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Ranching, Kauai style

The Kunoa cattle ranch runs 2,000 cow-calf pairs on 4,000 acres of grassland

Bobby Farias.

In the rain shadow of one of the wettest spots in the world, at 39 feet of rain per year, is the Kunoa cattle ranch on the Hawaiian island of Kauai. It is one of the many ranches statewide that ship some 70,000 head of cattle each year to Canada and the U.S. mainland. However, there are big changes in the way beef is raised and sold in Hawaii.

While some of Hawaii’s live cattle are shipped to Canada and the U.S. mainland, Kunoa cattle ranch (meaning “stand free”) is pasture-raising them on Kauai and harvesting the beef at a newly acquired facility on Oahu. Kunoa meats are now available in a growing number of supermarkets and restaurants throughout Hawaii.

Cattle arrived in Hawaii in 1793 when Captain George Vancouver presented King Kamehameha I, the first king of Hawaii, with several cows and bulls. Ropes and slings were used to offload the cattle from the early ships. The king made it forbidden to kill the cattle, so by the mid-1800s there were 25,000 wild cows roaming the islands and devastating the landscape. Later, this law was lifted, and ranches were established. Mexican-Spanish cowboys (vaqueros — eventually known in Hawaii as paniolos) were hired by King Kamehameha III to teach Hawaiians.

Until the 1990s the majority of cattle were finished and processed in Hawaii, but by 1992 the local industry collapsed as there were better returns in shipping cattle to the U.S. mainland. This meant that retail meat had to be shipped back to the islands.

That is starting to change. With the decline of the sugar cane and pineapple industries in Hawaii, ranches like Kunoa are marketing local, pasture-raised beef as a way to enhance food security in the islands. Approximately 90 per cent of Hawaii’s food is imported, prompting the state government to work toward doubling food production there by 2030.

Bobby Farias, a third-generation Hawaii rancher and co-founder of Kunoa, is a champion rodeo team roper who has also worked with cattle on the U.S. mainland. “There are many benefits to raising cattle on Kauai,” he said. “We have a year-round grazing season and adequate water, so Kunoa cattle are able to grow on grass and we have few animal diseases like respiratory or scour problems.”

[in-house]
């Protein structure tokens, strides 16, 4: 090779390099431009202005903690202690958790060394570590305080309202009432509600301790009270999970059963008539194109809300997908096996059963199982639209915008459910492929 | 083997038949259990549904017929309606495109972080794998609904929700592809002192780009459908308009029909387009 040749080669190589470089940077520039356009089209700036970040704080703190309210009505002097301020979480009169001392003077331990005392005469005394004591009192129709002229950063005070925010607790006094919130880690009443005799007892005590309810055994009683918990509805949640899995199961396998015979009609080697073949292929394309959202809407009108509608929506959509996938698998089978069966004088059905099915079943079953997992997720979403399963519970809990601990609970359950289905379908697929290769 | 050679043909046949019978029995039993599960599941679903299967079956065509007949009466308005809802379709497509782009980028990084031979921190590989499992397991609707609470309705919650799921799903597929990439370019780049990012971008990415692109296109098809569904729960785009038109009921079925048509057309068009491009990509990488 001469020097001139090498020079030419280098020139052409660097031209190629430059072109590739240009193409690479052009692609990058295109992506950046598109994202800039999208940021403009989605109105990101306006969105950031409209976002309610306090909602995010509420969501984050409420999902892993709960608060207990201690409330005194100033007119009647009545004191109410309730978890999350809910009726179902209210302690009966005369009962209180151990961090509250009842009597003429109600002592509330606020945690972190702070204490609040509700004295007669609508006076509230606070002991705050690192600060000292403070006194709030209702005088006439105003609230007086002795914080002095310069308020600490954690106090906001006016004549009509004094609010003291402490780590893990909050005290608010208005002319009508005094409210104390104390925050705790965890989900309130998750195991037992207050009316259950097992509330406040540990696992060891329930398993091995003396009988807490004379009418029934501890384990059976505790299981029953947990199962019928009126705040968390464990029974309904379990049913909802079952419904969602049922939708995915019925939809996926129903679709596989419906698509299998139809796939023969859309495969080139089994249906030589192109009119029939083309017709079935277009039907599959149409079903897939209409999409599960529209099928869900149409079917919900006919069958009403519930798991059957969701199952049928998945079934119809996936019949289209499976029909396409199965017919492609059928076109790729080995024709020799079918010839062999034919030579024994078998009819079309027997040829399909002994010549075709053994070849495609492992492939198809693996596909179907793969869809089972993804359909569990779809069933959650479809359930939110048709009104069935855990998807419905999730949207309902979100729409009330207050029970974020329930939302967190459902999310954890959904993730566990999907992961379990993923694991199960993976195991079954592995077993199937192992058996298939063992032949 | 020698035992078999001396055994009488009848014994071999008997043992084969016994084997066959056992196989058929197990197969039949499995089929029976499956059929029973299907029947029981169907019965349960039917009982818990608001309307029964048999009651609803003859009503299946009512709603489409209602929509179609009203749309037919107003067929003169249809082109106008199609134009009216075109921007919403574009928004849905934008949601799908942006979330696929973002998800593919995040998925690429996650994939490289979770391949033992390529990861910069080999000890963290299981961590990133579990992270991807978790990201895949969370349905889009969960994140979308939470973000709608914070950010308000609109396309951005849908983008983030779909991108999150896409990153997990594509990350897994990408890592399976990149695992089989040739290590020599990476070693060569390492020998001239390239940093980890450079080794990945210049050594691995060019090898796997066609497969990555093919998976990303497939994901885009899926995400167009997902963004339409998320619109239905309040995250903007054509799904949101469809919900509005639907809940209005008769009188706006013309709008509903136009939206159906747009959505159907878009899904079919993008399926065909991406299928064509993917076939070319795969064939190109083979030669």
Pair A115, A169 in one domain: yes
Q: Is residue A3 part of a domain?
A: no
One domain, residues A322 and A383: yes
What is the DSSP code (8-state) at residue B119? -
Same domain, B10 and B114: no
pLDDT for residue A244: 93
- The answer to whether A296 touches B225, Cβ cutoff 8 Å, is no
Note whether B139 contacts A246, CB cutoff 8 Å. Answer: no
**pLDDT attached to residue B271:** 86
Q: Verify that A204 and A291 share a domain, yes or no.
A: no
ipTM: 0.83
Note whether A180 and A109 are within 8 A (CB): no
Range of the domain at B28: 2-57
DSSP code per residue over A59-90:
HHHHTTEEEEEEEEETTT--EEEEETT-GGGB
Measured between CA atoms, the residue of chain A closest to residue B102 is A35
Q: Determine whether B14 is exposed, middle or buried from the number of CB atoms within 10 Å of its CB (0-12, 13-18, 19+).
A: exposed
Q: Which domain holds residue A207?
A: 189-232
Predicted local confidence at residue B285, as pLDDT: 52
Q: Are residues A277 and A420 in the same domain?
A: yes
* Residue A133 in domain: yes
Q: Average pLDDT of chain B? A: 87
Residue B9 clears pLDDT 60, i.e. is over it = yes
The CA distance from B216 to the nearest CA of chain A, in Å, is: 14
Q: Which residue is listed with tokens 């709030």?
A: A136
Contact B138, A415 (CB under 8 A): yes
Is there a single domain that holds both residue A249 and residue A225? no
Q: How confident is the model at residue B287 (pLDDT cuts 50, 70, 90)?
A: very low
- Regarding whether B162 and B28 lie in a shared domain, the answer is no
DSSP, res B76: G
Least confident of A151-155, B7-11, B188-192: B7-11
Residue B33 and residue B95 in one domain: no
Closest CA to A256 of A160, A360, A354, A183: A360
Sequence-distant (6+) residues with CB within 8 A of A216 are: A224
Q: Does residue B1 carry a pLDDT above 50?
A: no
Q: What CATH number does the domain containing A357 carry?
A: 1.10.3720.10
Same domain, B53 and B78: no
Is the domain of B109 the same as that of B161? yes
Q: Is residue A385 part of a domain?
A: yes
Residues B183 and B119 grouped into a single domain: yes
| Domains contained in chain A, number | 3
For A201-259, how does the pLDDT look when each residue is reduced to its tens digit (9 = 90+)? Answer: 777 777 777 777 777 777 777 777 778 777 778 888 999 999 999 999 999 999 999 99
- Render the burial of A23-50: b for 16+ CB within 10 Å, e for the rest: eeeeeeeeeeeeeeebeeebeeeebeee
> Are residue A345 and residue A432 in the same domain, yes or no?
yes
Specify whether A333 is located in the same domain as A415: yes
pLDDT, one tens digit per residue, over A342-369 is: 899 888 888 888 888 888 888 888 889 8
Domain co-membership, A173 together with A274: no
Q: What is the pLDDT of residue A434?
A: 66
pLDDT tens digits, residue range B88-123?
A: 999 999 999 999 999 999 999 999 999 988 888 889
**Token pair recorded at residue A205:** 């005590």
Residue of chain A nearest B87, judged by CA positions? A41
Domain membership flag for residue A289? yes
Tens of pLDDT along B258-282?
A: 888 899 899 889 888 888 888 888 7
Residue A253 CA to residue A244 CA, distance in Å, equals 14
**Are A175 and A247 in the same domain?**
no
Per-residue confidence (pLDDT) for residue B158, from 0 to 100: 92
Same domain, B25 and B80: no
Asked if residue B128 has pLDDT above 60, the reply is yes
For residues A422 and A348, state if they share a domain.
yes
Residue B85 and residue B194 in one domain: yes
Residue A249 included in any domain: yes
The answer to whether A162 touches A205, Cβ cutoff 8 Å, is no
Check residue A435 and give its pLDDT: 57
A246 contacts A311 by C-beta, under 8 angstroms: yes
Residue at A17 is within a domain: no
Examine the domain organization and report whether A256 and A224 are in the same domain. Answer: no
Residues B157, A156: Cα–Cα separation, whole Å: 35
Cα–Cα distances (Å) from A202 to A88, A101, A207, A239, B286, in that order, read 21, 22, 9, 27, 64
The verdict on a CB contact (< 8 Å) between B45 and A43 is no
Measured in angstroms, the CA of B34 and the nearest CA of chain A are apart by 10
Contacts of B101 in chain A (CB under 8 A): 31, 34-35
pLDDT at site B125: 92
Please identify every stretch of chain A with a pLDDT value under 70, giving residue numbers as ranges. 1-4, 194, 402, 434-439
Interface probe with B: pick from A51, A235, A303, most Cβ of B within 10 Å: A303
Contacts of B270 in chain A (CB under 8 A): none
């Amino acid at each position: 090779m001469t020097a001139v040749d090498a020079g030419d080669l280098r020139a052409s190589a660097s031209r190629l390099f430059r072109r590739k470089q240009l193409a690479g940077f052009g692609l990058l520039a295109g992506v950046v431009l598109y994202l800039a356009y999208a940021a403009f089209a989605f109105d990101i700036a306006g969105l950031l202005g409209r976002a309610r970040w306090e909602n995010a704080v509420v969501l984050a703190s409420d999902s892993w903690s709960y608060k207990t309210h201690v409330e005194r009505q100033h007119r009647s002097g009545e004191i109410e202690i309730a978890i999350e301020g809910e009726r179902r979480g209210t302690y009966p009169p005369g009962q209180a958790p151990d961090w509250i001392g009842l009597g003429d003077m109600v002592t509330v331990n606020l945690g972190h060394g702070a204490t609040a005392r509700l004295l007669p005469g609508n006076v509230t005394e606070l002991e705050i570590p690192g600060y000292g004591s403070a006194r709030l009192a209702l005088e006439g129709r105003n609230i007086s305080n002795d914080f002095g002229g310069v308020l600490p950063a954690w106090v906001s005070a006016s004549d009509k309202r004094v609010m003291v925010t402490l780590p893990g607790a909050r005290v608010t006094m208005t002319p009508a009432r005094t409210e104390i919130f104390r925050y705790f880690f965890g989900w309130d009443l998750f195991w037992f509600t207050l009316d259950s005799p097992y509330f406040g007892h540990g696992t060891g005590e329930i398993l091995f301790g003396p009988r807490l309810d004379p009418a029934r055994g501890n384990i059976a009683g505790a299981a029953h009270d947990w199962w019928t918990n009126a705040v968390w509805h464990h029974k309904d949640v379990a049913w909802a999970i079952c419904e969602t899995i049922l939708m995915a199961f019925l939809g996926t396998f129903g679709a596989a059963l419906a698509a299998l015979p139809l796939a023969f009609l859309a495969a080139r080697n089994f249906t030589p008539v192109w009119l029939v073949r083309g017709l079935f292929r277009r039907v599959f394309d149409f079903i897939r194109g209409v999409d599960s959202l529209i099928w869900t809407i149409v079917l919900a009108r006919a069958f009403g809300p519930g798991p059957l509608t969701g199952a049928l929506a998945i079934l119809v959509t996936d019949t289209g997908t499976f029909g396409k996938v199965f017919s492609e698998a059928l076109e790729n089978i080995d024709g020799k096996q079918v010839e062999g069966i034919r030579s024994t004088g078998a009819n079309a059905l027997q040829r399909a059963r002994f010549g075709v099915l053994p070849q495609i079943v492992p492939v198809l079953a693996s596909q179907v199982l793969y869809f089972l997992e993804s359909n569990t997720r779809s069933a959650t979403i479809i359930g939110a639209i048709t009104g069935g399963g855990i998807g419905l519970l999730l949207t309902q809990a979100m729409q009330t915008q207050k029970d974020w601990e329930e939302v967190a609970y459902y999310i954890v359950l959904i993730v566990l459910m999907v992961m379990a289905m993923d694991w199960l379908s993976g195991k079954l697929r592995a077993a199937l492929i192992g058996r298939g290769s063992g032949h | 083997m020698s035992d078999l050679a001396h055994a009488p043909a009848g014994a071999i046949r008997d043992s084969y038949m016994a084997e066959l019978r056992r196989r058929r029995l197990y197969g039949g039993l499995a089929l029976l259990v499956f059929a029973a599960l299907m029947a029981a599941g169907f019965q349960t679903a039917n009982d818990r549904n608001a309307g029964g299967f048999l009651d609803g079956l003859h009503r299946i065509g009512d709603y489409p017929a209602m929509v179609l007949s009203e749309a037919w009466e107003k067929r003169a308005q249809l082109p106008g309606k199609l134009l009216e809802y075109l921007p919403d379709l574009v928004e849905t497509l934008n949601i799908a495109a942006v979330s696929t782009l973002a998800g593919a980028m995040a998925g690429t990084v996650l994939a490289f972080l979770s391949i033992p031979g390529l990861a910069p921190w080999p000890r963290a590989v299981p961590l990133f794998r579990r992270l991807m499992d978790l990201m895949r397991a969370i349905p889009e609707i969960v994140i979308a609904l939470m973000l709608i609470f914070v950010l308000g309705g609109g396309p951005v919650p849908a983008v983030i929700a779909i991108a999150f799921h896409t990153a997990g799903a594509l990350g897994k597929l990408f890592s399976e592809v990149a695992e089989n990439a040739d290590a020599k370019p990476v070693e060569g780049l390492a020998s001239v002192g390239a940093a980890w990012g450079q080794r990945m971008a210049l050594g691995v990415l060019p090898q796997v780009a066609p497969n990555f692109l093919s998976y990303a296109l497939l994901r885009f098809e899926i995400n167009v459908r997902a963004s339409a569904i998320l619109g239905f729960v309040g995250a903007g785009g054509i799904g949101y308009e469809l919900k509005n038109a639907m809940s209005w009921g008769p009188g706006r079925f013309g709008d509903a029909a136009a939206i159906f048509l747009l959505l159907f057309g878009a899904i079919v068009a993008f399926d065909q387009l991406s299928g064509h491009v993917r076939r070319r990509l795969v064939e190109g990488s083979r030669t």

“With the demise of the sugar cane industry on Kauai, they were able to assemble large tracts of excellent land suitable for pasture adjacent to the rivers.”

Kunoa runs 2,000 cow-calf pairs on 4,000 acres of grassland, with a year-round breeding season. The company gathers the different herds four times a year and weans calves weighing at least 450 pounds. The year-round breeding system allows calves to be weaned and shipped to the mainland at different times of the year.

“Many of these newly weaned calves have never seen a human. As part of our pre-conditioning program, we train them to feed and water at the corral, as well as understand electric fences and handling,” Farias said.

The calves are put onto Hawaii-grown Guinea grass hay bales (which look like small sugar cane) while in the corrals and then placed into nearby Guinea grass paddocks. The calves can be on grass up to several months. Kunoa uses a distillers grain-based protein supplement block at one-pound intake per head for grass cattle, increasing to 1.5 pounds for finishing cattle on grass pastures, up to 1,100 pounds.

Founded in 2014, Kunoa has been able to improve their pastures year after year through proper sustainable grazing management and they have received recognition from various organizations for their efforts.